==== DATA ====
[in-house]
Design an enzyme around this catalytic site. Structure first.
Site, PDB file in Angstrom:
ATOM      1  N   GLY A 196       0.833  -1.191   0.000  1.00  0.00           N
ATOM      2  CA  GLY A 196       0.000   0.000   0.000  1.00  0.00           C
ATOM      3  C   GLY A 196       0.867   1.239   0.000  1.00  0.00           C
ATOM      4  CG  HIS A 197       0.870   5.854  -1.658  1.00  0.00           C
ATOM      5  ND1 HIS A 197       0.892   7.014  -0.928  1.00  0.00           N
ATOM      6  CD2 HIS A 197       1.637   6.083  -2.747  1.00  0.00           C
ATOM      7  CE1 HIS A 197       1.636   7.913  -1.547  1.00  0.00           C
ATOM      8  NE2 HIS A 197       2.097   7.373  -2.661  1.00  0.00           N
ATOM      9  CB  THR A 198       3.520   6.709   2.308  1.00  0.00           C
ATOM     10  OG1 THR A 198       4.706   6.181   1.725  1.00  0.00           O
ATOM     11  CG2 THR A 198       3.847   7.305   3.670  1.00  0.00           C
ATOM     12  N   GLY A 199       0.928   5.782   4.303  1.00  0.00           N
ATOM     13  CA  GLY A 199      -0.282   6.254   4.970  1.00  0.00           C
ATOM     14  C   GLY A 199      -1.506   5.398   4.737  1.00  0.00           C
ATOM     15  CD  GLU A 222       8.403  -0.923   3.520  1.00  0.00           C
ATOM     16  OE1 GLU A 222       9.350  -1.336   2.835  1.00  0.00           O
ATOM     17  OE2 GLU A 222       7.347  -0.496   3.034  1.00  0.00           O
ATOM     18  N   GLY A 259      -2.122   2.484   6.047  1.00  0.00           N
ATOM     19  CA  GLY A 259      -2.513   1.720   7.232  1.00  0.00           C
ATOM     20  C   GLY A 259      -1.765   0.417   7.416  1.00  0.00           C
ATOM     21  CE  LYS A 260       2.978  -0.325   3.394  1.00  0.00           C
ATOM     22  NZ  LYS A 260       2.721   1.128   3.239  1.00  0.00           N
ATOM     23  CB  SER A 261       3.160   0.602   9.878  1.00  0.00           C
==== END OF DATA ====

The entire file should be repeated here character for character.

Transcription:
[in-house]
Design an enzyme around this catalytic site. Structure first.
Site, PDB file in Angstrom:
ATOM      1  N   GLY A 196       0.833  -1.191   0.000  1.00  0.00           N
ATOM      2  CA  GLY A 196       0.000   0.000   0.000  1.00  0.00           C
ATOM      3  C   GLY A 196       0.867   1.239   0.000  1.00  0.00           C
ATOM      4  CG  HIS A 197       0.870   5.854  -1.658  1.00  0.00           C
ATOM      5  ND1 HIS A 197       0.892   7.014  -0.928  1.00  0.00           N
ATOM      6  CD2 HIS A 197       1.637   6.083  -2.747  1.00  0.00           C
ATOM      7  CE1 HIS A 197       1.636   7.913  -1.547  1.00  0.00           C
ATOM      8  NE2 HIS A 197       2.097   7.373  -2.661  1.00  0.00           N
ATOM      9  CB  THR A 198       3.520   6.709   2.308  1.00  0.00           C
ATOM     10  OG1 THR A 198       4.706   6.181   1.725  1.00  0.00           O
ATOM     11  CG2 THR A 198       3.847   7.305   3.670  1.00  0.00           C
ATOM     12  N   GLY A 199       0.928   5.782   4.303  1.00  0.00           N
ATOM     13  CA  GLY A 199      -0.282   6.254   4.970  1.00  0.00           C
ATOM     14  C   GLY A 199      -1.506   5.398   4.737  1.00  0.00           C
ATOM     15  CD  GLU A 222       8.403  -0.923   3.520  1.00  0.00           C
ATOM     16  OE1 GLU A 222       9.350  -1.336   2.835  1.00  0.00           O
ATOM     17  OE2 GLU A 222       7.347  -0.496   3.034  1.00  0.00           O
ATOM     18  N   GLY A 259      -2.122   2.484   6.047  1.00  0.00           N
ATOM     19  CA  GLY A 259      -2.513   1.720   7.232  1.00  0.00           C
ATOM     20  C   GLY A 259      -1.765   0.417   7.416  1.00  0.00           C
ATOM     21  CE  LYS A 260       2.978  -0.325   3.394  1.00  0.00           C
ATOM     22  NZ  LYS A 260       2.721   1.128   3.239  1.00  0.00           N
ATOM     23  CB  SER A 261       3.160   0.602   9.878  1.00  0.00           C